Forgive me for sounding irritable this morning, but sometimes I do something I absolutely shouldn’t do. I Google myself. Any writer who succumbs to the temptation of checking out what others are saying about her books should be warned that what’s out there on the internet ain’t always pretty. After eighteen books and twenty years in this business, I should know better than to go searching for more reasons to drive myself crazy, but what else is a masochist supposed to do in her spare time?
What got me going today was a seemingly innocuous comment by a reviewer that VANISH was just another “slick and readable” thriller. Meaning: it ain’t no work of art. Now, I don’t know when “readable” became a denigrating word, but among the literary crowd, it seems to have become a synonym for “hack work.” (Which I guess means that the opposite of hack work is “unreadable.”) And then there’s that word “slick.” I have a sneaking suspicion that any word that’s commonly used to describe used-car salesmen is not meant as praise.
Okay, I think, calm down. Maybe I’ve had too much caffeine this morning and should let that one go.
Then I come to another reviewer who sniffs that my books are just TOO commercial. Appealing to the masses, it seems, is a black mark against you.
And finally there’s reviewer Patrick Anderson in the Washington Post, who went to great lengths to say how much he hated VANISH. Just hated it. But then he conceded that VANISH would certainly hit the bestseller list because… well, because so many readers will love it. Those stupid people.
Are you hearing the common theme here? Commercial fiction is trash. If a book’s too readable and it sells too well, then there’s something wrong with it. (And, by implication, there’s also something wrong with the idiots who buy it.)
This attitude is certainly not new. The more popular an author becomes, the harder they get whacked by the critics. Everyone adores the undiscovered darling; no one loves Mr. Bestseller who is said to just “phone it in.”
A few years ago, annoyed by the runaway success of Nicholas Sparks and James Waller, a highly praised literary author decided to prove to the world that achieving bestsellerdom was simply a matter of writing a sappy book and promoting the hell out of. A million-dollar book deal was followed by a huge advertising campaign with all the bells and whistles. The result? The book flopped.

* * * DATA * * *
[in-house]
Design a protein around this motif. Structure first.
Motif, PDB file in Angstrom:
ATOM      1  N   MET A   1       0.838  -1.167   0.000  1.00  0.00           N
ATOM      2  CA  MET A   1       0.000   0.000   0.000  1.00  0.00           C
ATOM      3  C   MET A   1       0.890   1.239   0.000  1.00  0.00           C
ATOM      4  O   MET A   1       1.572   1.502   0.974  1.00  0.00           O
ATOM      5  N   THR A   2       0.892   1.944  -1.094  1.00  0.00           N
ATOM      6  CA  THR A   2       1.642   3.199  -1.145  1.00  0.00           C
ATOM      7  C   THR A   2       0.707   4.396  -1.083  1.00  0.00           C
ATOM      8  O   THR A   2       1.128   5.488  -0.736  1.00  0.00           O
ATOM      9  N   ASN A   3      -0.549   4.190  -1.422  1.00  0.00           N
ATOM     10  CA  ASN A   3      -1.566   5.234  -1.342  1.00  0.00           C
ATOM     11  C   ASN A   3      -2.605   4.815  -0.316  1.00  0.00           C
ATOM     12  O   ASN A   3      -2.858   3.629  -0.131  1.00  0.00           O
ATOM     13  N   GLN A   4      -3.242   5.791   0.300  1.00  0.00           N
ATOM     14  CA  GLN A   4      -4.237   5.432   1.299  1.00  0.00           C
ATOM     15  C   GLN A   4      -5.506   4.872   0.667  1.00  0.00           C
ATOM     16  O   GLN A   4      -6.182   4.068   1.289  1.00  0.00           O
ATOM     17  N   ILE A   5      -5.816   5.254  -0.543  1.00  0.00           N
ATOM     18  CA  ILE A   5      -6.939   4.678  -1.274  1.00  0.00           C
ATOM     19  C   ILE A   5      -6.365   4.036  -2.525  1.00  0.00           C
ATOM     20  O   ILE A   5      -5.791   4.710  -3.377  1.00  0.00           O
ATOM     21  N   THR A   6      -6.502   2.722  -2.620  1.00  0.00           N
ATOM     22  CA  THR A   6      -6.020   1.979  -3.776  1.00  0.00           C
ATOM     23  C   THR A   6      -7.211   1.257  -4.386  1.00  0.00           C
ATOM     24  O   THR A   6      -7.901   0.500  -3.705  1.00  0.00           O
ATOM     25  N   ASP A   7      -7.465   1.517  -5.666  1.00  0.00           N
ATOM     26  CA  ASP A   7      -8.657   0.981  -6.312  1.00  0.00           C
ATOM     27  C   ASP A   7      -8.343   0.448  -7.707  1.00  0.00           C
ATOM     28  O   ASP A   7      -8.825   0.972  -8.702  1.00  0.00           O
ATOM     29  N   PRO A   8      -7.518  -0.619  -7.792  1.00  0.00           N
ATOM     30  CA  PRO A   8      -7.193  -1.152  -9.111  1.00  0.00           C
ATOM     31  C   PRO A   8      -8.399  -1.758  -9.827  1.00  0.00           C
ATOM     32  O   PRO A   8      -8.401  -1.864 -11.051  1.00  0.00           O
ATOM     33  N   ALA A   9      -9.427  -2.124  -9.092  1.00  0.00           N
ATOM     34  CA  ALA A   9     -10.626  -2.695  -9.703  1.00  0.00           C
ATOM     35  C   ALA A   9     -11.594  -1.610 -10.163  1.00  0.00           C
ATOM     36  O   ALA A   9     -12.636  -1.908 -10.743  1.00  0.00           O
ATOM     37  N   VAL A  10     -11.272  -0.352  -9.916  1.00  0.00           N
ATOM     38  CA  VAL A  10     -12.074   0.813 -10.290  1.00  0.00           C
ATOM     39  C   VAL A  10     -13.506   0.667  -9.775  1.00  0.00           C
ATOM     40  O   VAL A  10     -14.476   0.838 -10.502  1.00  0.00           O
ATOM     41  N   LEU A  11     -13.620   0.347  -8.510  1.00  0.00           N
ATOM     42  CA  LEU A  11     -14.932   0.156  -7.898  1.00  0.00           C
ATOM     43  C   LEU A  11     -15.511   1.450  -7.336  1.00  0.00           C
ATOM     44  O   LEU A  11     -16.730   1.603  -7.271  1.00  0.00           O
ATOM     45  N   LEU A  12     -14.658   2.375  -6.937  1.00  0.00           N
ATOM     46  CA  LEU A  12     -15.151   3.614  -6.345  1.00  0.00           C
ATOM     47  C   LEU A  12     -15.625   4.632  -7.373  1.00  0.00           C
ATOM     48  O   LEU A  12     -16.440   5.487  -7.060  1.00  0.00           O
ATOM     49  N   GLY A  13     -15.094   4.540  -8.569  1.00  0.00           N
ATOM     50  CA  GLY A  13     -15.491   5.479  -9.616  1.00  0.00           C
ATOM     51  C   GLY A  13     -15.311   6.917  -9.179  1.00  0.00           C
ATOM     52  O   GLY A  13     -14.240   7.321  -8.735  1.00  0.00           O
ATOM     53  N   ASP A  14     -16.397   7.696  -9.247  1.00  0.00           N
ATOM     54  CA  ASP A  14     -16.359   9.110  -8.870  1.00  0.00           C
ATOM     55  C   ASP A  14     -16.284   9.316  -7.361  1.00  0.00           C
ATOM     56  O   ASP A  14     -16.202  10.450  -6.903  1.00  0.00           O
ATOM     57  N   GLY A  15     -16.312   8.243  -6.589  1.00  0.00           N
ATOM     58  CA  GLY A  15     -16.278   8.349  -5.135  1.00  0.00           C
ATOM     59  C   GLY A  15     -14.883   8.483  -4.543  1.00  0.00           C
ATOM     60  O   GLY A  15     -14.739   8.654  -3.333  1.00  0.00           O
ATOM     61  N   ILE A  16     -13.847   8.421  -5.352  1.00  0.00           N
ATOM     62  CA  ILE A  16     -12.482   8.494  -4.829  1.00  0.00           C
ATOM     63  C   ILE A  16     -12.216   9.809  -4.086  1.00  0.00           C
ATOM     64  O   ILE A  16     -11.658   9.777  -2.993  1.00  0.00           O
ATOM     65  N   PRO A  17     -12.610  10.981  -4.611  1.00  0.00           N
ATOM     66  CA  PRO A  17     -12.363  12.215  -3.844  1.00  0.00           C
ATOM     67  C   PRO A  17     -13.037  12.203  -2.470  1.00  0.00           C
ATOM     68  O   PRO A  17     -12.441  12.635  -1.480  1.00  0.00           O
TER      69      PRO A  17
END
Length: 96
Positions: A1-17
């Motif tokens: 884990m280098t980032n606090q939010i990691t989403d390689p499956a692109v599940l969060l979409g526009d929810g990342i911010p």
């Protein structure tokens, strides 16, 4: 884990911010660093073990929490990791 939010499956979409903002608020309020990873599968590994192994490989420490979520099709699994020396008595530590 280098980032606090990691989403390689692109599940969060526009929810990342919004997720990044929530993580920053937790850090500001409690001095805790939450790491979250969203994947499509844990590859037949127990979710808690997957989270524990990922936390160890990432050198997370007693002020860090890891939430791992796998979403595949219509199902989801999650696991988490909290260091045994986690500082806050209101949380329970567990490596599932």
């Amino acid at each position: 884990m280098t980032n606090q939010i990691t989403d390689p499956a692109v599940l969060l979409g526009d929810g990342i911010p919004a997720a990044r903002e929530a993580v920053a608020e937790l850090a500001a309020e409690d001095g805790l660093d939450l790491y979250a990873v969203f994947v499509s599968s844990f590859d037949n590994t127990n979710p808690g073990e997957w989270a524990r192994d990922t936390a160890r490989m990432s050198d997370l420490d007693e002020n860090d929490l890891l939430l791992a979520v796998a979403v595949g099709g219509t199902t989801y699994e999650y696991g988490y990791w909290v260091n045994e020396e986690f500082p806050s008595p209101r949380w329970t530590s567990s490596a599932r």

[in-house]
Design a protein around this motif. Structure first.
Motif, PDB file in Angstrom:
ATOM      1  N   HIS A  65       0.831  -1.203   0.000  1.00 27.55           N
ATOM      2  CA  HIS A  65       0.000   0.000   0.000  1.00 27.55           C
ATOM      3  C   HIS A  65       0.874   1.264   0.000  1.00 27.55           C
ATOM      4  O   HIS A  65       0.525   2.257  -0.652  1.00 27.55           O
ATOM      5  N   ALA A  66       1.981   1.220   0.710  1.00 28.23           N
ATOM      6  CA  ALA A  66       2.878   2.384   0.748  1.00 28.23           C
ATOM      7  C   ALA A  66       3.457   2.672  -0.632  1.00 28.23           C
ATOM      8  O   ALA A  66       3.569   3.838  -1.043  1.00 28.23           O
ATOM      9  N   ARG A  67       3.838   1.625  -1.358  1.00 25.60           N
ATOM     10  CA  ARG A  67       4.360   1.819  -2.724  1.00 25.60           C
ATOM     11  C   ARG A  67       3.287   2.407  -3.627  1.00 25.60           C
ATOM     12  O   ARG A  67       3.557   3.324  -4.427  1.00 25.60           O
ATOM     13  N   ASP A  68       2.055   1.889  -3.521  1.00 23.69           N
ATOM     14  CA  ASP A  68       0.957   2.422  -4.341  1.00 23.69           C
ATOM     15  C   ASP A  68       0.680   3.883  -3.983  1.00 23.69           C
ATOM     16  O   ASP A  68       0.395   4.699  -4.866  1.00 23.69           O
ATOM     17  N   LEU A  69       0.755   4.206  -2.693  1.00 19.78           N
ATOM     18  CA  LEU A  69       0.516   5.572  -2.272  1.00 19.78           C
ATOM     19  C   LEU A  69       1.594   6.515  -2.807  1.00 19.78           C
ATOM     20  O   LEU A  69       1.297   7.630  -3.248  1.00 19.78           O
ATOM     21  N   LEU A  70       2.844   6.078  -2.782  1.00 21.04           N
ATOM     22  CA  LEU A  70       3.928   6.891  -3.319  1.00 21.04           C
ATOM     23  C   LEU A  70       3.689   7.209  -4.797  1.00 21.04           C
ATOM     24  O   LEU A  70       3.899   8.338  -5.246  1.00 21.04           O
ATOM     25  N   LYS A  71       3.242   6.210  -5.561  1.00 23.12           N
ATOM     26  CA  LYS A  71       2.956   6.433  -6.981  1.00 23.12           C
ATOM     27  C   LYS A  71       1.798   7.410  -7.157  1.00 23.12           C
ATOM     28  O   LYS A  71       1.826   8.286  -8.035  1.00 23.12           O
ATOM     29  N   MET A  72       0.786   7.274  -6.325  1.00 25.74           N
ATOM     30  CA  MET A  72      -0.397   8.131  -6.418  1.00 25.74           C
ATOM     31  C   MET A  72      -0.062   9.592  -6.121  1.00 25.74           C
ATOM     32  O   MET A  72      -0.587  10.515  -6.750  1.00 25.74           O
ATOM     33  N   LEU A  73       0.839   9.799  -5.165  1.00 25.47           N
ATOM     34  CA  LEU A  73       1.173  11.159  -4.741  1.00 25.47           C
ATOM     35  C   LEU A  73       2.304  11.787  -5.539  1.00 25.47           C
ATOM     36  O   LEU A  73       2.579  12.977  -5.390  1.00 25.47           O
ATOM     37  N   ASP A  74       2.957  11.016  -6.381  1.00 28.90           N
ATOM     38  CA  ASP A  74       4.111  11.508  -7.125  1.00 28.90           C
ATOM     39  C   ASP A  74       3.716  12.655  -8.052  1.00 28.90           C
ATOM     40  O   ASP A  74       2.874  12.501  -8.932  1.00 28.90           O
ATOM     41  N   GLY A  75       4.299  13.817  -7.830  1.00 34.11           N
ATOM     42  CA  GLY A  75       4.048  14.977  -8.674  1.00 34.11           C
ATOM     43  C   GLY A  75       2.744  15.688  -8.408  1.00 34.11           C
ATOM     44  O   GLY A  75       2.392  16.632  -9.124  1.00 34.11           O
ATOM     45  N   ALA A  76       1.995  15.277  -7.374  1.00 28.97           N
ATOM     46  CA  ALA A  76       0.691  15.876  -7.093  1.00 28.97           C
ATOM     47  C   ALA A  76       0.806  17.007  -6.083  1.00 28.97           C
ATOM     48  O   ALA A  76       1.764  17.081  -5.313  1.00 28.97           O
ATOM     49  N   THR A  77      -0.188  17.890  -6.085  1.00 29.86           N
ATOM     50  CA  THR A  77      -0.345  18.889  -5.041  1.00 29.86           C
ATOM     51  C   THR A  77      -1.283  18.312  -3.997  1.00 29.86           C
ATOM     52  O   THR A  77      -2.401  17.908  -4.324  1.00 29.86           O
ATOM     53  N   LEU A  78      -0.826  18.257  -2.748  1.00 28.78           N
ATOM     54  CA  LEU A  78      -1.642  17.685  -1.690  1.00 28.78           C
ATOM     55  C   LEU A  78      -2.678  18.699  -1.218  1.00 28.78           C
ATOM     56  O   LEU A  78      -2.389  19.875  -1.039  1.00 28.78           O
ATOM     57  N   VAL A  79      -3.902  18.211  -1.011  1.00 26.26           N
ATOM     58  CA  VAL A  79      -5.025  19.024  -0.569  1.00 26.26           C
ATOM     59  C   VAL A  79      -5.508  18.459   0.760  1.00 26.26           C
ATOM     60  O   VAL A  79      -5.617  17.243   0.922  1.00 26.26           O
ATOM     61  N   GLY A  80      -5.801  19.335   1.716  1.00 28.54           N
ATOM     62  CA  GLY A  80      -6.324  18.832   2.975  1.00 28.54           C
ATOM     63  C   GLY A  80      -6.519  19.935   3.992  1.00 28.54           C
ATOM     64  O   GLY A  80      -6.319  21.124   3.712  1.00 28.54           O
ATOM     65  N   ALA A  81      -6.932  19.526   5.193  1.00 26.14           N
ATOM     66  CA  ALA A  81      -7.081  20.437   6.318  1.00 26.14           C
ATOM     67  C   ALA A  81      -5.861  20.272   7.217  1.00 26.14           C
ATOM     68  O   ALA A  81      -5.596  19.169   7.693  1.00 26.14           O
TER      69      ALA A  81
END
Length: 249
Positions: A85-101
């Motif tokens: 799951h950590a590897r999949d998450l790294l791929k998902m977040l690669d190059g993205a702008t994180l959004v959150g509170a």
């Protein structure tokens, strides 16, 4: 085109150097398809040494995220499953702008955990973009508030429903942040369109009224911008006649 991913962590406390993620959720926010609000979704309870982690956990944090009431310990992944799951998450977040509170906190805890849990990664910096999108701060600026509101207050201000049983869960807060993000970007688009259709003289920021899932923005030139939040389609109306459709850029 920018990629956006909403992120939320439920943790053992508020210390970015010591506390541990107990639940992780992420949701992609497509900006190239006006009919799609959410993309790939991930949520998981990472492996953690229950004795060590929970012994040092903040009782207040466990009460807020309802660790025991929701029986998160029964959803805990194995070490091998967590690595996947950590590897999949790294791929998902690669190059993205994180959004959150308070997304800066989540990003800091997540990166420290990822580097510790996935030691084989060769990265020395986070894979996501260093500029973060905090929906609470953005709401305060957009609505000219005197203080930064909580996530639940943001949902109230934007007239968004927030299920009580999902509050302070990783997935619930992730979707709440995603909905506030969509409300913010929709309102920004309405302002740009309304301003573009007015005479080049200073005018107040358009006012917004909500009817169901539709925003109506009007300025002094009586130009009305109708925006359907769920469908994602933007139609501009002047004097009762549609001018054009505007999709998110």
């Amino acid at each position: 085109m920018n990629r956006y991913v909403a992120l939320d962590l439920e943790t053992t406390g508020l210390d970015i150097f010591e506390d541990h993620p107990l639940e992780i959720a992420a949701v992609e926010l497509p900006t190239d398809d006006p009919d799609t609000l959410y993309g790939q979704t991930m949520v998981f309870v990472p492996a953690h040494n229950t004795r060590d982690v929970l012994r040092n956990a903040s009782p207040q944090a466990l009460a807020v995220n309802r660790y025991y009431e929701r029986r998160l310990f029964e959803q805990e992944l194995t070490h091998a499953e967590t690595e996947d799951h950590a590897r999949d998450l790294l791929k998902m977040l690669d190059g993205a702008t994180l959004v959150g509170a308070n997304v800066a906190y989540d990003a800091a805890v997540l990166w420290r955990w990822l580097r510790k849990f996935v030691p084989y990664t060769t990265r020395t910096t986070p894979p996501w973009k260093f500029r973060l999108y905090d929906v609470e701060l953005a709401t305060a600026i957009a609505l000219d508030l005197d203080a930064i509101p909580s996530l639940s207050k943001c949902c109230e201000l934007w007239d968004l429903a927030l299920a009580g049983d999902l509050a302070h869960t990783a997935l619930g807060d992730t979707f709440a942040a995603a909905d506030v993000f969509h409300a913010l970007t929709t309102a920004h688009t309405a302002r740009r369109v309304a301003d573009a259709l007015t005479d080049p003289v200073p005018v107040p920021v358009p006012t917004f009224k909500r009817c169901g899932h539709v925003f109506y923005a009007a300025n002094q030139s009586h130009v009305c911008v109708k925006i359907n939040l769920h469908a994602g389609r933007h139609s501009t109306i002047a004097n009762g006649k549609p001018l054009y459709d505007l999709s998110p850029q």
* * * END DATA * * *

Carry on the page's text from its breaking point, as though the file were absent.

The lesson: Writing the bestseller isn’t as easy as everyone thinks it is.
But come on, isn’t it obvious? Here’s the dream: Sit at home and churn out slick, highly readable pages. Get paid a gazillion bucks. See your name and face on a million book covers. Yeah, it’s so easy. It’s just commercial fiction.
Why isn’t everyone doing it?
Why aren’t YOU doing, it, Patrick Anderson?
And finally, to put me back in a good mood: Wanna play a literary “tag” game?
Robert Gregory Browne has lured me into playing along. Here are the rules:
1. Take first five novels from your bookshelf. 2. Book 1 — first sentence. 3. Book 2 — last sentence on page 50. 4. Book 3 — second sentence on page 100. 5. Book 4 — next to the last sentence on page 150. 6. Book 5 — final sentence of the book. 7. Make the five sentences into a paragraph. 8. Feel free to “cheat” to make it a better paragraph. 9. Name your sources. 10.Post to your blog.
Okay, here goes:
“You will rejoice to hear that no disaster has accompanied the commencement of an enterprise which you have regarded with such evil forebodings. I have an idea of something new we might try. Then meet me in my drawing room. You shall not serve me the bottled urine you call wine. After many bleak days and nights I could feel again, and what I felt was love.”
Sources: 1. FRANKENSTEIN by Mary Shelley 2. BOUDICA: DREAMING THE EAGLE by Manda Scott 3. FACE DOWN BELOW THE BANQUETING HOUSE by Kathy Lynn Emerson 4. GREEN RIDER by Kristen Britain 5. FIRE AND FOG by Dianne Day
(Okay, so it didn’t quite work. But it made for an interesting result.)